It is now Friday the 7th July and we have been in Dunkerque for 3 days, but we needed to have our fridge repaired and then the weather on Thursday was forecast to be stormy with vicious squalls and thunderstorms…….which it was!
Some views of Dunkerque……
There was in fact plenty to see and do in Dunkerque (its name is rather unoriginally derived from; the church or Kirk in the dunes). It was sold by the British to one of Louis in about 1660. He built a very impressive port and defended it really well. The outlines of the original walls and moats you can still see among the docks and harbours of today’s port. Louis then promptly opened it up to privateers who then prayed on British and Dutch shipping. This is where Jean Bart comes in, he was a swashbuckling privateer and later joined the French navy to become a successful if rather podgy admiral defeating both British and Dutch fleets at the Battle of Texel. Streets, schools and the lifeboat are named after him!
Our location on the far end of the pontoon means that we do not get too many boats raft up against us and I don’t get twitched about being crushed by bigger and heavier yachts. However it is 1/3 miles walk to the toilet but we are right in the middle of watching the preparations for the the sailing ‘tour de France’ with people blowing in big marker buoys and preparing race and press boats. It is quite nice to watch all this activity while I sit on deck and drink coffee and eat croissants!
Race preparations on the beach
Pierre ‘le fridge’ turns up, it is 6pm and he is on the ball and keen. He seems to be a bit of a Mr Fixit when it comes to boats, that morning on our way to the museum we eventually tracked him down to a boat on another part of the Marina. He has a very impressive website and I imagined him to be a big boatyard and not a man on a boat! Anyway he was helpful and assured us that he would fix the problem that day! When he arrived I knew straightaway that he had no intention of trying to fix the old fridge but would simply rip the old one out and replace it. He took one look at the fridge and with a very sad face told me (Monsieur) that it was not possible to repair it unless it was sent away and then it was the holidays and I might not get it back to September! With that he and his mate promptly ripped the bits out of the old fridge and stuffed the new on in. At least now when it goes wrong again I can replace it myself. However it is working well and we can have ice of the G&T!
The museum was really interesting and gave a great history of the port, if you pick your days correctly to can go around the Sandgettie lightship and a schooner moored in the dock outside and then up the old lighthouse on the dock. Needless to say we did not pick the right day!
Operation Dynamo is covered in a separate exhibit, but all around the town there are monuments and notice boards about the ‘Miracle of Dunkirk’ and to the ‘Little Chips’ (their spelling not mine!) that rescued 338,000 allied soldiers of the beaches and breakwaters. The walls of the cathedral are covered with the scars of the fighting that took place.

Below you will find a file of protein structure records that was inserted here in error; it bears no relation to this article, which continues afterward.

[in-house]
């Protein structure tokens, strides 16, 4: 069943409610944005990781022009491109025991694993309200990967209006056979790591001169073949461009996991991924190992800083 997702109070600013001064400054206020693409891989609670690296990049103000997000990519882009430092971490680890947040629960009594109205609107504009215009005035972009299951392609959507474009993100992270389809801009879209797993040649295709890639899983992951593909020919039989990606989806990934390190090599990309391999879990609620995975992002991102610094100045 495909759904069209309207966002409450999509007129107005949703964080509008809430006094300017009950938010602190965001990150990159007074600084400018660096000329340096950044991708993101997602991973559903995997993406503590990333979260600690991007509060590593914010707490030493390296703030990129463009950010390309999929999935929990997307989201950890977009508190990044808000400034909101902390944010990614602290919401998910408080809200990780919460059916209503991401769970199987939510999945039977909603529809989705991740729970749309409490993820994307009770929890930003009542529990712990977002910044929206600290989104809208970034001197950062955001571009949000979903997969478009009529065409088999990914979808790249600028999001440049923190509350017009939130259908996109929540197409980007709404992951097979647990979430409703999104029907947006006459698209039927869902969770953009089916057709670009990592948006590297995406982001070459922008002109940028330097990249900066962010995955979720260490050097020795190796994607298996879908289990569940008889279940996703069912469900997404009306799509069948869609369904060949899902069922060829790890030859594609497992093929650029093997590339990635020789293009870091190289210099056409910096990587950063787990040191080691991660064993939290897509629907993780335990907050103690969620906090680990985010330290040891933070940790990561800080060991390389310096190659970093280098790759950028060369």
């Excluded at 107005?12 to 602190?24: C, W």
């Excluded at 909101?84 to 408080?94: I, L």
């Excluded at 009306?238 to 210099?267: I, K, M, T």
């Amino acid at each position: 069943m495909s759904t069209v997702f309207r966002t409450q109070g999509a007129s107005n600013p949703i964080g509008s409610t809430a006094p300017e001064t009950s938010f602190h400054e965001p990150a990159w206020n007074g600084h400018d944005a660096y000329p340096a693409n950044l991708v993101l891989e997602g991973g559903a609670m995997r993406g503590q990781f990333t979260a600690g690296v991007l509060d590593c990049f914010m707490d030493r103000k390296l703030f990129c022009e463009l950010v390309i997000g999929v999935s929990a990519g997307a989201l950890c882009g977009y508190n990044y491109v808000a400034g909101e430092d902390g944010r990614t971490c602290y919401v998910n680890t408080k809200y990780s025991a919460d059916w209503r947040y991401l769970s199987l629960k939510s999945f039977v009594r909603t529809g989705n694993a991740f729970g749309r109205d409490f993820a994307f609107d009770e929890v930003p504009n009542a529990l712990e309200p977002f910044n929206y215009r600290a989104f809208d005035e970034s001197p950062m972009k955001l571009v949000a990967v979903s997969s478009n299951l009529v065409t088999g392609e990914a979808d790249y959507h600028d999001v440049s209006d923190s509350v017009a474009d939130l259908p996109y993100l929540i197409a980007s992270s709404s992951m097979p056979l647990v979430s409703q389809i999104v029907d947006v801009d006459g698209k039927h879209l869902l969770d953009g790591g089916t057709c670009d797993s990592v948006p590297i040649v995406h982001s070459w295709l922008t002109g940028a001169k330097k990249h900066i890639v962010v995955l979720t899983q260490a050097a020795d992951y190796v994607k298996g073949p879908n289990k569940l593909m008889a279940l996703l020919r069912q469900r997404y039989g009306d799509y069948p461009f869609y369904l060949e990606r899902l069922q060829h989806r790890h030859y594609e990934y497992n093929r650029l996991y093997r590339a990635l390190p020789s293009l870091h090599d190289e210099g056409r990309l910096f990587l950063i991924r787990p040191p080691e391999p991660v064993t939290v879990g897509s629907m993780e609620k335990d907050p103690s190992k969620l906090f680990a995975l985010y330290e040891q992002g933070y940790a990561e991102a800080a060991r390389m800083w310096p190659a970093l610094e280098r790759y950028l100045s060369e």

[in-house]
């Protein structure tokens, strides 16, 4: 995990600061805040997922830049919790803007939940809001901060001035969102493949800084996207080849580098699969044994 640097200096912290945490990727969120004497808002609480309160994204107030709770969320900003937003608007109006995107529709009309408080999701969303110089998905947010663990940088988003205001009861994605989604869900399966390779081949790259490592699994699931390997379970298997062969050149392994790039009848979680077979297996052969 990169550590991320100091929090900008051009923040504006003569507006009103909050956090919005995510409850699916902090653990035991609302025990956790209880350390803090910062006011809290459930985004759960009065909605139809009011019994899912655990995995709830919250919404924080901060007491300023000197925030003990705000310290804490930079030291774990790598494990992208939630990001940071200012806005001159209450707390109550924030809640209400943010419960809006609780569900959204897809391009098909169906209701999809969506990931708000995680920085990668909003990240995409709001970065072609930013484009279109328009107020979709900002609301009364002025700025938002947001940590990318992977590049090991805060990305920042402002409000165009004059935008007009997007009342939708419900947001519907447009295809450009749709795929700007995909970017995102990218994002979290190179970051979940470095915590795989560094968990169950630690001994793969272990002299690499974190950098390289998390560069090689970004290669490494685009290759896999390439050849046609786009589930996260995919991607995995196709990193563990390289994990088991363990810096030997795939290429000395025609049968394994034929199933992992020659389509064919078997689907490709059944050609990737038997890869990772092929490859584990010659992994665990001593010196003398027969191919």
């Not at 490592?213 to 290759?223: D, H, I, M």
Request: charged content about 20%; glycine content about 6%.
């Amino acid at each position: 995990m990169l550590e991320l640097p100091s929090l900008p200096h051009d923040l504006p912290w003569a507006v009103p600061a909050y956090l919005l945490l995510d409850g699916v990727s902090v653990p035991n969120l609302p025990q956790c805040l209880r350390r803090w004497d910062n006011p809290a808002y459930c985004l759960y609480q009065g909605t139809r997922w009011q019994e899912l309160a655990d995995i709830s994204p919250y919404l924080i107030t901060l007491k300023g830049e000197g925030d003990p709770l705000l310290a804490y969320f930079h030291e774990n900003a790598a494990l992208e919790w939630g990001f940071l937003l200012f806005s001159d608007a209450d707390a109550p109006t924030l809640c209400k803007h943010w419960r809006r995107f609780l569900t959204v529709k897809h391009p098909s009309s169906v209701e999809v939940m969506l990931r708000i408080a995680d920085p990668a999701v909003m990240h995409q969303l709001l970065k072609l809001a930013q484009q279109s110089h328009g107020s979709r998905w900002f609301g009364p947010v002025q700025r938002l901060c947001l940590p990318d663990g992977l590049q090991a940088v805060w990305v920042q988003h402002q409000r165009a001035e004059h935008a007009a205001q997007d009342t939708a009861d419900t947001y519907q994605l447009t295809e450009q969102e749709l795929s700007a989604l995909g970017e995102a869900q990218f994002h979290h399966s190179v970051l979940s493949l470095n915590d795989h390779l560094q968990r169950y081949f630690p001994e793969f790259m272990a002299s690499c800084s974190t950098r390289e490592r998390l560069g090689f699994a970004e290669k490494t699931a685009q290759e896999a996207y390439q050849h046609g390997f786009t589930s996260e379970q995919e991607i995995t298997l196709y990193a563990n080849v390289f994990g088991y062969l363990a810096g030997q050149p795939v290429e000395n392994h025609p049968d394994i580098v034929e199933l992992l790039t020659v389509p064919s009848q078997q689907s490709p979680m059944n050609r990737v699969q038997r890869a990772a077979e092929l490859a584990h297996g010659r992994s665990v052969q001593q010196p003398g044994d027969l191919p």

Again hoping to see the Operation Dynamo museum, I discover that it is still the wrong day and is closed for refurbishment! Anyway we go to the beach and paddle in the warm water. You can see why it must have been a good place to rescue people from as it is wide and gently sloping but very exposed which must have made waiting for rescue terrifying.
Dunkerque beach looking towards the Eastern Breakwater
The red diesel problem! I can only buy red diesel for my boat in the UK and although I have paid the duty it is illegal to use it in the rest of Europe. Everywhere except Belgium recognises that if you have been to the UK you will have red derv in your tanks and ignores it! Needless to say my tanks are full of red derv, I had to fill up to cross the channel, it would have been irresponsible not to and anyway the traces of the red dye stay in your tanks for months! The man in the yacht next to us has just come through Belgium and regails us with tales of British boats being stopped at sea by customs and then being sent to Neiupoort or Oostende to be fined despite having the correct paperwork. We are sanguine about this! If they do stop and fine us then we will have to pay up, we have no option. We have to cross Belgium waters and our next destination, Berens in Holland is another 54 miles away from Dunkerque and is too long a hop for us to make in one go. And anyway we want to go to Bruges and I want to ride on the coastal tram! Anne has given me strict instructions that I must be civil if we are stopped as she will not rescue me from a Belgium prison, I must be polite to them but take their details and complain officially later! Perhaps, as we will be sailing on Friday and Sunday they will be less keen! However I am not yet quite prepared to take this lying down and I have applied a bit of mild guile, I have bought a Europe flag to fly as my ensign to replace the very easy to spot Red Ensign. That might confuse things for a while!!
1 thought on “Dunkerque ”
From land-locked Birmingham …. interesting times ahead! Could we have a snap of ‘Grace’?